WINNIPEG -- Going to class is far from normal at Sisler High School this year thanks to COVID-19. Hallways are divided with taped-on arrows and most students are only physically in class about once a week.

But for Daryl Mabunga, part of the SislerCREATES animation program, the 2020 school year is exceptional for an entirely different reason.

"This whole opportunity is really cool," said Mabunga, who is participating in the inaugural "Orange Tree Project," a collaboration between SislerCREATES and Nickelodeon Studios. "When do you have a chance to talk to these people who are from Nickeloden when you live in Winnipeg, Manitoba?"

Mabunga is one of a group of students participating in the Orange Tree Project, a learning initiative launched in late September that has animation industry professionals teaching students on the ins-and-outs of the animation industry.

Participating students are working in three separate groups, all tasked with developing original story ideas. Each group is being mentored by a Nickelodeon artist throughout the program, which runs until the end of May, and teams will be pitching their story concepts to their Nickelodeon mentors next week.

"I just started learning animation about a month ago," said Mabunga. "Before it was just me making my own stories but now I have a whole bunch of new people helping and putting in new ideas."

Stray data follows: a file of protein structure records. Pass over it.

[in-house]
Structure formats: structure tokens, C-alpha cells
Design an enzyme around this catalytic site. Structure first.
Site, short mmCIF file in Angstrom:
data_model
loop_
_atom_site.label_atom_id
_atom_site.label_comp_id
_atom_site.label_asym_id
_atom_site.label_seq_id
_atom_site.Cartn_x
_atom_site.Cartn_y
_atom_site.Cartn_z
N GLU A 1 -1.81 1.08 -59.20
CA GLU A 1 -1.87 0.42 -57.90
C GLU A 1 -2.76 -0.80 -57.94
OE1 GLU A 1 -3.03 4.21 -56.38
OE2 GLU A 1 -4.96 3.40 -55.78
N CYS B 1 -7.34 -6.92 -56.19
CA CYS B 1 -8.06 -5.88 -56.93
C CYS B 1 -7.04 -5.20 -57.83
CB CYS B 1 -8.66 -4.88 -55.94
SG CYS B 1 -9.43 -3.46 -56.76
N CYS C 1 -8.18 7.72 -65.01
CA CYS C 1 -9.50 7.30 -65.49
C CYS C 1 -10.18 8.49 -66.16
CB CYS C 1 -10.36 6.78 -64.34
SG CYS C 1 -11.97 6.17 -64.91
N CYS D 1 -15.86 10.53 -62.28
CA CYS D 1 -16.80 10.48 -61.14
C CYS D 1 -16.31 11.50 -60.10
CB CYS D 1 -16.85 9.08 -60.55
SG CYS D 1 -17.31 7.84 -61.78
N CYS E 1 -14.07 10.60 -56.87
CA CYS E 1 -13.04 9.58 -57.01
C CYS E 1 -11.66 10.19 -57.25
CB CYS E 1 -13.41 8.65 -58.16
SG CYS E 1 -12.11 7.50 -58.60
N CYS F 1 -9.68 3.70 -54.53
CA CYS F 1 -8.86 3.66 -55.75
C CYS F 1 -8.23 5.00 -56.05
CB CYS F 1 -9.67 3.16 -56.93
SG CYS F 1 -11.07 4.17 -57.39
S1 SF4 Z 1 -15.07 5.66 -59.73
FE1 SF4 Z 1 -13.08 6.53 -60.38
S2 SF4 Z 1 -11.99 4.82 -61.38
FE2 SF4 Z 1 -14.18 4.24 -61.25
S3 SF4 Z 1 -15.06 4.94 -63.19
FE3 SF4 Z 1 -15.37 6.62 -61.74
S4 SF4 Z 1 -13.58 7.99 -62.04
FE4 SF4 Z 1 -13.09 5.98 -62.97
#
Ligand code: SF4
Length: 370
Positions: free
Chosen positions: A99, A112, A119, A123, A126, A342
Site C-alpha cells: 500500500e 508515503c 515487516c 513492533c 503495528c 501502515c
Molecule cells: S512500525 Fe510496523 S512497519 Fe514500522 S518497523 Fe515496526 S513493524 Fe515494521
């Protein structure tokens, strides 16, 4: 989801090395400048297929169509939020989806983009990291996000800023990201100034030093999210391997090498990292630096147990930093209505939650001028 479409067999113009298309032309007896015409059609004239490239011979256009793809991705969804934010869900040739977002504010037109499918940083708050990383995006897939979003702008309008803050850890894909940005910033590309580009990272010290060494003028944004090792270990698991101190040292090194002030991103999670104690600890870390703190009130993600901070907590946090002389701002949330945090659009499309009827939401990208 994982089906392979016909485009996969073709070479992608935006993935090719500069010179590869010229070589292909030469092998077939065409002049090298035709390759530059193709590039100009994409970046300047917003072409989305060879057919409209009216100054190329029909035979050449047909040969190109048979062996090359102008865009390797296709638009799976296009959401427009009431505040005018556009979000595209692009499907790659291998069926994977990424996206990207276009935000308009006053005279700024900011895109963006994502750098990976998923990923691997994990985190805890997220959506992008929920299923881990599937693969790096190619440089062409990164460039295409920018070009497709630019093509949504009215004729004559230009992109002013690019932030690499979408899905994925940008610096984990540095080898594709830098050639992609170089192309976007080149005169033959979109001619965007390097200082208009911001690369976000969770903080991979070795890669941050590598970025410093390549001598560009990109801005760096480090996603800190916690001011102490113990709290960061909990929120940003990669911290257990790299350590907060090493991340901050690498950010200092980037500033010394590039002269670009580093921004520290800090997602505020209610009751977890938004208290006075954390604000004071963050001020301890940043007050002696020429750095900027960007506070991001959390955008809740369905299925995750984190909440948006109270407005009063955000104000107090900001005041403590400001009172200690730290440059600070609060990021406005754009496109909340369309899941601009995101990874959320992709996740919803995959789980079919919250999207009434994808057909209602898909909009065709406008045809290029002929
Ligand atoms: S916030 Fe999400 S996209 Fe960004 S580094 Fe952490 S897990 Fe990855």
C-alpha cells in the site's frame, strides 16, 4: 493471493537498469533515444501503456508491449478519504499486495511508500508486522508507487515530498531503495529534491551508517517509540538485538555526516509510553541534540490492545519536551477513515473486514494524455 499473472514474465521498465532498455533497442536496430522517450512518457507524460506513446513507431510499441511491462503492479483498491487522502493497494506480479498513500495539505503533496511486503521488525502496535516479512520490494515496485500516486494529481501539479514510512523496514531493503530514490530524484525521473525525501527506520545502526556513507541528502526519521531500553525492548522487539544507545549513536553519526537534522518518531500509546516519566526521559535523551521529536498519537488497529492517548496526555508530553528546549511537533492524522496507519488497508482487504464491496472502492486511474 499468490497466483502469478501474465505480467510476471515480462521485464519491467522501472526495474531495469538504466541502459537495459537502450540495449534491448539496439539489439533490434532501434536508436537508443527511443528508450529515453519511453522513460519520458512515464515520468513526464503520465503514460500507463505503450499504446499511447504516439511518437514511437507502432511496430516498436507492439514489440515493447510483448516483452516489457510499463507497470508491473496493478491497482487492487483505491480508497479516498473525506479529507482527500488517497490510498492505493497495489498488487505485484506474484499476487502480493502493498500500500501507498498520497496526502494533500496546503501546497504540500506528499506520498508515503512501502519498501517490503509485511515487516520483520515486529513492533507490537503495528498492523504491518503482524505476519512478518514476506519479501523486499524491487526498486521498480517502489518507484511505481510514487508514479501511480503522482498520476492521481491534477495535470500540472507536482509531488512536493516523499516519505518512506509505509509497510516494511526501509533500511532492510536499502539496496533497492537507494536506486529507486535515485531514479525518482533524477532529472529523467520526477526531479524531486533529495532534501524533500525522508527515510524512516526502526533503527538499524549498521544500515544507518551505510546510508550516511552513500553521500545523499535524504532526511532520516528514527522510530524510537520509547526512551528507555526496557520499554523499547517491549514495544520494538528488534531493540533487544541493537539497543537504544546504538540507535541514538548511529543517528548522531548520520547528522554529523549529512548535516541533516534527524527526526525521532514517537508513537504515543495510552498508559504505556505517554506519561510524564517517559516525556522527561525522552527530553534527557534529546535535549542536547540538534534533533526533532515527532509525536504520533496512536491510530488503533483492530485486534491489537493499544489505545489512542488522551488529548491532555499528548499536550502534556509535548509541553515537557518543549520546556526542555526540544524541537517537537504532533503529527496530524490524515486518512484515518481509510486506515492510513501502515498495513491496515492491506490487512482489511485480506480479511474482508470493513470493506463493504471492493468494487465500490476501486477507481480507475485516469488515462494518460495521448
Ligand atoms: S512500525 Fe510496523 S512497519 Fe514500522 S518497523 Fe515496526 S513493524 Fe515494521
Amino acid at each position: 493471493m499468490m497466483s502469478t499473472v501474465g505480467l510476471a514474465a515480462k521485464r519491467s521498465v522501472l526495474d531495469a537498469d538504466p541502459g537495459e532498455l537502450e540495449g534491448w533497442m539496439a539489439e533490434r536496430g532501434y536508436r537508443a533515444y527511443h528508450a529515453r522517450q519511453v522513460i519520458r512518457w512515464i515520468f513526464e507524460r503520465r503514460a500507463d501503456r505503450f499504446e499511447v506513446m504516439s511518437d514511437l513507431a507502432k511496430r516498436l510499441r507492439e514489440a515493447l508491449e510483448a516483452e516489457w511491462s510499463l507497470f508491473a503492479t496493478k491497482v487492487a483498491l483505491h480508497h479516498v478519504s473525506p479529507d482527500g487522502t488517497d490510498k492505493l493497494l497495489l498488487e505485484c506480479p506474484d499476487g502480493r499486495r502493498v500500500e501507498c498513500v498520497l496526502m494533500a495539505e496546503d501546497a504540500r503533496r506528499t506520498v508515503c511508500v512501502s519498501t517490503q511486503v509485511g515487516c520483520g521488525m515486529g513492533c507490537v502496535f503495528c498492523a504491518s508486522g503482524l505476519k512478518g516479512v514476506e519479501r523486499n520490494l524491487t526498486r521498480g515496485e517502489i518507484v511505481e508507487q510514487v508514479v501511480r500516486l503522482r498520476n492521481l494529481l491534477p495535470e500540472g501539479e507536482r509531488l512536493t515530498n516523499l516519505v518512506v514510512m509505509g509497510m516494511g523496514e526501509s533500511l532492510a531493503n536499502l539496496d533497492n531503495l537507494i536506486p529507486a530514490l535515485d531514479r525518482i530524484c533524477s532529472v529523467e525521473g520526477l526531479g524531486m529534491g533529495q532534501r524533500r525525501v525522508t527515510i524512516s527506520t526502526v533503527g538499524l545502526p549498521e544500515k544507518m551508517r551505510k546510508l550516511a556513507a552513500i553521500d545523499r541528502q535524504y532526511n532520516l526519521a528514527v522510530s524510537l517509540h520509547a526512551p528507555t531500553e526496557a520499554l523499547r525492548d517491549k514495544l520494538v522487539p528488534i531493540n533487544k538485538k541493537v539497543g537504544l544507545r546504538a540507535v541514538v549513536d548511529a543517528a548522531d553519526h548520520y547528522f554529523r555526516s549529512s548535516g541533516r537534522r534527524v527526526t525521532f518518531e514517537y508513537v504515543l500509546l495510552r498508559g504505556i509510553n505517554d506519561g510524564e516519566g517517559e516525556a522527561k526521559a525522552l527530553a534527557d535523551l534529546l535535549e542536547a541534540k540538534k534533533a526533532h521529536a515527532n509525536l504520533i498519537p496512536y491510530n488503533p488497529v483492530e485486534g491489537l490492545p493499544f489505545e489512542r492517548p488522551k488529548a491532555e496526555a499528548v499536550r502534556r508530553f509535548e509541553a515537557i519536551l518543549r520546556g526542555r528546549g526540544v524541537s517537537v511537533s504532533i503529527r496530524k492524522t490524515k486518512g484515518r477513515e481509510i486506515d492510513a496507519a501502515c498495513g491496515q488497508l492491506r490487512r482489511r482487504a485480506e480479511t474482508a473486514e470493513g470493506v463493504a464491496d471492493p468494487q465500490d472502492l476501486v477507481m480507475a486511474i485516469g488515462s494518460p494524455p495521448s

"We're creating this thing together so that's really cool."

Getting the Orange Tree Project off the ground is largely thanks to Sisler High School animation teacher and CREATE department head Jamie Leduc, who worked with Nickelodeon to set up the mentorship program.

"I think they're empowered and I think they really want to develop (their) story," said Leduc of his students. "It's more about, from my perspective, the journey and the progress."

"Watching these students develop their skills over time has been a highlight of my career."

Leduc says the program is keeping students engaged, working ten-to-twelve hours a day on their projects, despite all of the COVID-19-related disruptions this year.

And, while students are learning what they need to create animated works from start to finish, they're also gaining skills applicable to any industry.

"I've learned how to communicate with people," said Gab Reyes, one of three team leaders in the program, "Which is especially important during the pandemic with everything online"

"I've learned how important communication is with your teammates, how to arrange things, and how it's okay to have help from other people, as well."

For Nya Langit's team, the project offers a chance to create stories showcasing underrepresented cultures. Langit and members of her team are Filipino, so they're imbuing elements of Filipino mythology into their story pitch, a culture Langit says isn't often seen in mainstream media."

"With Asian representation in the media, it's mainly Chinese or Korean or Japanese," said Langit. "I think if we bring in more Southeast Asian (culture) then more people will feel represented."

The Orange Tree project ends in late May when students will aim to complete three animated short films. The films will then be submitted to various film festivals.